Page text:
Hydro Flask was founded more than 10 years ago. The company’s takeover was gradual at first, but in the last few years, it has been almost hostile.
People love their Hydro Flasks, they’ll die for their Hydro Flasks and the stickers yours wears reveals either the kind of person you (a) are, (b) think you are or (c) want to be.
Having a Hydro Flask, much like any other material possession, is a deliberate act of self-branding. Maybe you want the world to know you’re practical, outdoorsy or environmentally conscious. If you’re a female who also happens to wear Birkenstocks or carry a Fjallraven backpack, Hydro Flask ownership could also imply a (perhaps undesirable) association with the “VSCO girl” movement. Hydro Flask water bottles — with their leakproof seals, double wall vacuum insulation and sweat-free finish — have become part of the SDSU student uniform.
Can Hydro Flask culture provide valuable insight into how we should approach environmental issues?
It’s not likely that all Hydro Flask purchases are environmentally motivated — and on that note, not ridiculous to suggest that the rising interest in what appears to be “sustainability” might be more modish than genuine. When I think about my own experience with the brand, I can’t say my environmental concern is unadulterated by commercial interests and sociocultural currents.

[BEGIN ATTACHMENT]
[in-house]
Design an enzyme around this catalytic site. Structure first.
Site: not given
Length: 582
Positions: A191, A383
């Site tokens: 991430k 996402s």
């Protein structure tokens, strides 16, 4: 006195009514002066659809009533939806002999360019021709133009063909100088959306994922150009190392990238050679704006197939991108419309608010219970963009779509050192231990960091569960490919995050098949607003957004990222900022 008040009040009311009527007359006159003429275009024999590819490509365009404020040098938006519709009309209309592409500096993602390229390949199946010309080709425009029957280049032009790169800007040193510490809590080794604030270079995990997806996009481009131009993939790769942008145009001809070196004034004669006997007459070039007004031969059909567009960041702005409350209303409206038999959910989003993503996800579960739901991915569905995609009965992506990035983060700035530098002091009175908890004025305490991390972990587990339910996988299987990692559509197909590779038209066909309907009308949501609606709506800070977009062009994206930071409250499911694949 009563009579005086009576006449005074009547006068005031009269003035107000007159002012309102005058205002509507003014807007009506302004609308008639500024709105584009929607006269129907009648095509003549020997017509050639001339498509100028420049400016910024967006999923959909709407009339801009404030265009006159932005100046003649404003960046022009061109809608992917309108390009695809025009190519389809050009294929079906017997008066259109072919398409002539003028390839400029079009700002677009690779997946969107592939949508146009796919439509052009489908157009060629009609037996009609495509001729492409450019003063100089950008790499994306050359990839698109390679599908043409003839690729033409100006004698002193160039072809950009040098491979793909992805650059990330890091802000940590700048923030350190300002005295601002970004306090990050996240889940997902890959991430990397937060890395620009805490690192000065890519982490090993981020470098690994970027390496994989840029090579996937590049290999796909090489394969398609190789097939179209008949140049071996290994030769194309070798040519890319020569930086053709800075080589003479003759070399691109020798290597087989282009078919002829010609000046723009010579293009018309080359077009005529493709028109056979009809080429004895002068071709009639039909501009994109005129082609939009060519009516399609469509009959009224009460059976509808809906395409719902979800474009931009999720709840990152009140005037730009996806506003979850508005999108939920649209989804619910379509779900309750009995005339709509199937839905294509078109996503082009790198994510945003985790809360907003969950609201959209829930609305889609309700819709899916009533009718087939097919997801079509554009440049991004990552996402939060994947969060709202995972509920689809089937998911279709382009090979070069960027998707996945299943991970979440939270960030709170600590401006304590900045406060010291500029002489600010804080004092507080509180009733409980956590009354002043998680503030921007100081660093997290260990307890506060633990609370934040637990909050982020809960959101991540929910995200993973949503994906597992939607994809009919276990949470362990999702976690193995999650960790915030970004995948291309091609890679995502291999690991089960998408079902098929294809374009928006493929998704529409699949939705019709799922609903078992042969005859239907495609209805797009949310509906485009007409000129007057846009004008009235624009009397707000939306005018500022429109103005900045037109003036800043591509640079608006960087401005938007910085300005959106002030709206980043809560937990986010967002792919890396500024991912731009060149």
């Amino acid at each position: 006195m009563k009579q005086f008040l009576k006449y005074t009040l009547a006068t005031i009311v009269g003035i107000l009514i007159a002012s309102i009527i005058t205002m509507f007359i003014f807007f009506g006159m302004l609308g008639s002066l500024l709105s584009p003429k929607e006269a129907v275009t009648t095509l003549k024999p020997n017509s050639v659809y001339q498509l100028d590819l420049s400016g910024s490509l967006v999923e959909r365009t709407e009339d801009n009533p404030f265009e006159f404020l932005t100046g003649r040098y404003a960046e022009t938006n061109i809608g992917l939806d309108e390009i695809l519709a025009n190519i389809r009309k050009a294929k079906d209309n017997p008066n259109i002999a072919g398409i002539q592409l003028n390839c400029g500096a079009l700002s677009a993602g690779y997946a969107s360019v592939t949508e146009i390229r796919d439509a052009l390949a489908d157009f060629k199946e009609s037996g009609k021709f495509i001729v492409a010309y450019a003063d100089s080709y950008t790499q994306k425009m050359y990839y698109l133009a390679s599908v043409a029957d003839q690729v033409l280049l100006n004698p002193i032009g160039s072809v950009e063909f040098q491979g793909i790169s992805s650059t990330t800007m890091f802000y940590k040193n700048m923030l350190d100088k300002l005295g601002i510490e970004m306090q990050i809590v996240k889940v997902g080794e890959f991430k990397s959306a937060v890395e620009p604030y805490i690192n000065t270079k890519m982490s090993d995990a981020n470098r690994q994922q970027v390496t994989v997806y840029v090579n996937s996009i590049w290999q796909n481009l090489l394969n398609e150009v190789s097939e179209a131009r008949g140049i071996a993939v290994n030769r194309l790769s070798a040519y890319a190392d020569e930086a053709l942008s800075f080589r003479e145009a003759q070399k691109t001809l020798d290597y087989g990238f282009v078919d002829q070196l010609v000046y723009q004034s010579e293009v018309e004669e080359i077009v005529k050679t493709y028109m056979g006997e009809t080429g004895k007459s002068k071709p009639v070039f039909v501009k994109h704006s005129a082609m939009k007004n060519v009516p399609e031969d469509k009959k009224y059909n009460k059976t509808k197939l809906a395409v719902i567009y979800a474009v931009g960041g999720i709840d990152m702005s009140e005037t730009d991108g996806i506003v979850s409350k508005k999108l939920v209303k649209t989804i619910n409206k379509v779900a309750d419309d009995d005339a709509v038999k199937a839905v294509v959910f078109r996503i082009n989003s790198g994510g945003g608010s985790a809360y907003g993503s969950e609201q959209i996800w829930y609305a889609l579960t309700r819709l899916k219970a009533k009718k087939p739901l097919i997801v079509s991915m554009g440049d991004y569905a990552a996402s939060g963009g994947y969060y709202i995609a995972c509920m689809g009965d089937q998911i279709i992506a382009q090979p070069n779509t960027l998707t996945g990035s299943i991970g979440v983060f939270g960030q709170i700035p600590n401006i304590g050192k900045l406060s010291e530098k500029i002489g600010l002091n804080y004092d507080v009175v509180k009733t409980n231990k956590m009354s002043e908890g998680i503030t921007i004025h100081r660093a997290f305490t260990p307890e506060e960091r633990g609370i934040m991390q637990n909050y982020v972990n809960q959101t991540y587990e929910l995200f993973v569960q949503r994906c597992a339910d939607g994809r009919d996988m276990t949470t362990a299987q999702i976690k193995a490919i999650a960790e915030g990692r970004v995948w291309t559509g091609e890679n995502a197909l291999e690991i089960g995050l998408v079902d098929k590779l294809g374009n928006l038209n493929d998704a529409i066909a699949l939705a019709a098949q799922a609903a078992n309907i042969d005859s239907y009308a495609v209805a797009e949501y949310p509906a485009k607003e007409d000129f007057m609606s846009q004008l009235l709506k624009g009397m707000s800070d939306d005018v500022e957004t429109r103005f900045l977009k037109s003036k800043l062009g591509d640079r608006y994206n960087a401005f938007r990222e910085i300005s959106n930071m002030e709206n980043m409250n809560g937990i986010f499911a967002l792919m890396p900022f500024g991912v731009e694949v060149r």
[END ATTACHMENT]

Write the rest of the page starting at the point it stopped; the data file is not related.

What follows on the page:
But does it matter? Is this a better way to instill effective (even if unintentional) environmental responsibility?
A Harvard Business Review article, aptly titled “The Elusive Green Consumer,” details the relationship between consumers and sustainable purchasing behavior: “[A] frustrating paradox remains at the heart of green business: Few consumers who report positive attitudes toward eco-friendly products and services follow through with their wallets. In one recent survey 65% said they want to buy purpose-driven brands that advocate sustainability, yet only about 26% actually do so.”
For the average person who is pretty sure they care about the environment, but also not about to go out of their way to do something about it, sustainability is best sold in the form of a trendy product like the Hydro Flask — something cool, desirable and smart. In fact, “The Elusive Green Consumer” lists social influence as one of the most effective ways to encourage consumers to be more sustainable.
According to the article, “One of the benefits of encouraging consumers to form desirable habits is that it can create positive spillover: People like to be consistent, so if they adopt one sustainable behavior, they are often apt to make other positive changes in the future.”
Hydro Flask culture reinforces the idea that trends not entirely driven by sustainability have significant potential to support environmental movements. One trendy reusable water bottle can be a catalyst for a more eco-friendly lifestyle. At the very least, single-use plastic usage declines somewhat dramatically for this individual. After years of Hydro Flasking, will it ever feel right to drink out of a plastic water bottle again?
Vouching for pragmatic benefits and expounding, again and again, arguments for how and why we need to be more environmentally responsible might never be enough. To affect real change, maybe the best way to sell sustainability is under the guise of objectively desirable products.
A one-time, seemingly non-committal “treat yourself” purchase in the form of a sticker-clad steel container? It might actually have a globally meaningful impact.
Anna Fiorino is a senior studying journalism. Follow her on Twitter @annafi0.